Grin Like a Kuching Cat in Sarawak’s Jungle Bound Capital
Kuching is the perfect base for exploring the rainforest-covered state of Sarawak in Malaysian Borneo, but is also a fascinating, vibrant city to explore in its own right.
Both Buddhism and Islam co-exist here, a fact that has seen the construction of many stunning temples and mosques. Don’t miss Tua Pek Kong Temple – the oldest Chinese temple – or the striking Kuching City Mosque, an intriguing mix of mid-western and Italian architecture.
Translated literally as ‘palace’, this stunning building was built by Charles Brooke – the former governor of Sarawak – for his bride. It’s an ideal place to learn about the ‘White Rajahs’ who once ruled Sarawak. Don’t miss the Orchid Garden.
Kuching Waterfront is a must – and the perfect spot to enjoy a quintessential South East Asian sunset. Here you’ll also see how the rich Kuchingnites live (property prices here are astronomical), and as such, you can expect to pay a lot more in the restaurants by the water. It is also a popular spot for young lovers.
For museum lovers there is plenty to absorb in Kuching. Try the Sarawak Museum, The Chinese Museum, the Cat Museum (Kuching means ‘cat’ in Malaysian, so feline memorabilia is very popular here) or even the Timber Museum!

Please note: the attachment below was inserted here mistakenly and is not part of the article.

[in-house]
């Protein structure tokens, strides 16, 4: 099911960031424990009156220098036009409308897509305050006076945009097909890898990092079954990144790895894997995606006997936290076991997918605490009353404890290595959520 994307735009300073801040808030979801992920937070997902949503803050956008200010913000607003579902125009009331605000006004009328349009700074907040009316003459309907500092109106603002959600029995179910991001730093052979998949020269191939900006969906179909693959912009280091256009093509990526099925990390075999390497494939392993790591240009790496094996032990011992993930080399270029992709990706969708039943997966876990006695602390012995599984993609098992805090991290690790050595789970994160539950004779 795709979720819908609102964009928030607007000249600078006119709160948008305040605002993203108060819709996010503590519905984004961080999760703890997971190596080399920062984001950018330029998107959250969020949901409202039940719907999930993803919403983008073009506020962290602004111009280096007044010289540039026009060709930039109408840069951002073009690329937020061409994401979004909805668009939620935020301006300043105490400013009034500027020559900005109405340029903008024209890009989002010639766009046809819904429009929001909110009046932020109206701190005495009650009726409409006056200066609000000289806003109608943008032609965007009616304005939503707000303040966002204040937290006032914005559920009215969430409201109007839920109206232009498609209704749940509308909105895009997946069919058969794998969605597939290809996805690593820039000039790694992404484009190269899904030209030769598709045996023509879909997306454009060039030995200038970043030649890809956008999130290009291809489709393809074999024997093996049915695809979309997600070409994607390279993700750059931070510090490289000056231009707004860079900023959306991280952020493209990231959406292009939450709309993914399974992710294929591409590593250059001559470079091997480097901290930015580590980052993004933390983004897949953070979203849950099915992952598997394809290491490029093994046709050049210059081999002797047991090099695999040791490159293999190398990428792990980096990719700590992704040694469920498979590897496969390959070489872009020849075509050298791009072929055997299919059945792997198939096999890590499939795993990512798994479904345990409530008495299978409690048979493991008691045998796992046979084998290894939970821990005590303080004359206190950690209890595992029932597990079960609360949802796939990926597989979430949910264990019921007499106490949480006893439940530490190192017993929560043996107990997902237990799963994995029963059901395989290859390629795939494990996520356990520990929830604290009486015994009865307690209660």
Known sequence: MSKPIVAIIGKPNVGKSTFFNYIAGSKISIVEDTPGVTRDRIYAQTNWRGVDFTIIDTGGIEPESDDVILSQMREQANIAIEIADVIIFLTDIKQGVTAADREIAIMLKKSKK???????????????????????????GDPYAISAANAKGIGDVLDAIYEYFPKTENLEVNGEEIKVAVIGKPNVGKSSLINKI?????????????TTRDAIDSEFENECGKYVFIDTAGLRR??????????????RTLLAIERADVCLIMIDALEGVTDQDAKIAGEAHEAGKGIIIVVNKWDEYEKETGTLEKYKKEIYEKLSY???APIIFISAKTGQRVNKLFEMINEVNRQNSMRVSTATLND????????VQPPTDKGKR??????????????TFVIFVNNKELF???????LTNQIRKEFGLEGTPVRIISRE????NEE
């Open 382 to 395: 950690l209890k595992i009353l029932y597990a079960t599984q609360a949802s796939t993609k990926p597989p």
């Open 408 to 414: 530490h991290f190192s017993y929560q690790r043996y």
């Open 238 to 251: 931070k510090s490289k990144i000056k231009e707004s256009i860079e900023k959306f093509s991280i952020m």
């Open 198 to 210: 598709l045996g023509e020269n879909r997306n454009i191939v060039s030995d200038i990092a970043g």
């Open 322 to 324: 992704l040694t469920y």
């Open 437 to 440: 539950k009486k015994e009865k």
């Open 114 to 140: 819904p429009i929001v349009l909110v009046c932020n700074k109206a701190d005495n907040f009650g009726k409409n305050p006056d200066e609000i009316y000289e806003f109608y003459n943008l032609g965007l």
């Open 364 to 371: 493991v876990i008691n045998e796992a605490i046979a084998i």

If you’re looking for a beautiful gift for loved ones back home, Kuching offers a dazzling array of locally made handicrafts and fabrics.
Delicious Malay and Chinese food is found everywhere in Kuching – and eating out a major pastime. If you buy fish from a stall, however, be sure it is heated thoroughly, as your stomach may not be as resilient as those of the locals!
Visiting the Sunday Market is essential if you want to see just how much produce comes out of Sarawak: find colourful displays of fruit, vegetables, fish and honey, alongside such items as potted plants and even pets.
If you want to get close – but not too close – to some crocs, head along to Jong’s Crocodile Farm, where feeding time is an unforgettable sight.
Tourists often use Kuching as a springboard for one of the many jungle trekking experiences available further east. Sarawak boasts some of the most unspoilt rainforest in the world, where orangutans and a host of exotic creatures can be viewed in their natural surroundings.
Bako National Park is nearest Kuching, offering steamy mangrove forests and lots of proboscis monkeys.
There are options for all budgets in Kuching, from hostel dormitories (RM20) to mid-range hotels (around RM90) and of course the usual array of top-end establishments asking for around RM300. However, low season can bring some real bargains, even in the most expensive hotels.
While Malay and Mandarin are widely spoken in Kuching and Sarawak, most Kuchingnites take English as a second language, so being understood here is usually straightforward.
Getting to Kuching
Intrigued by this unique rainforest citadel? It’s the ideal place to spend a few days before embarking on jungle adventures in the east of Sarawak – and is easy to get to from the UK. Most flights from London go through Singapore or Kuala Lumpur and usually take from 17 to 20 hours.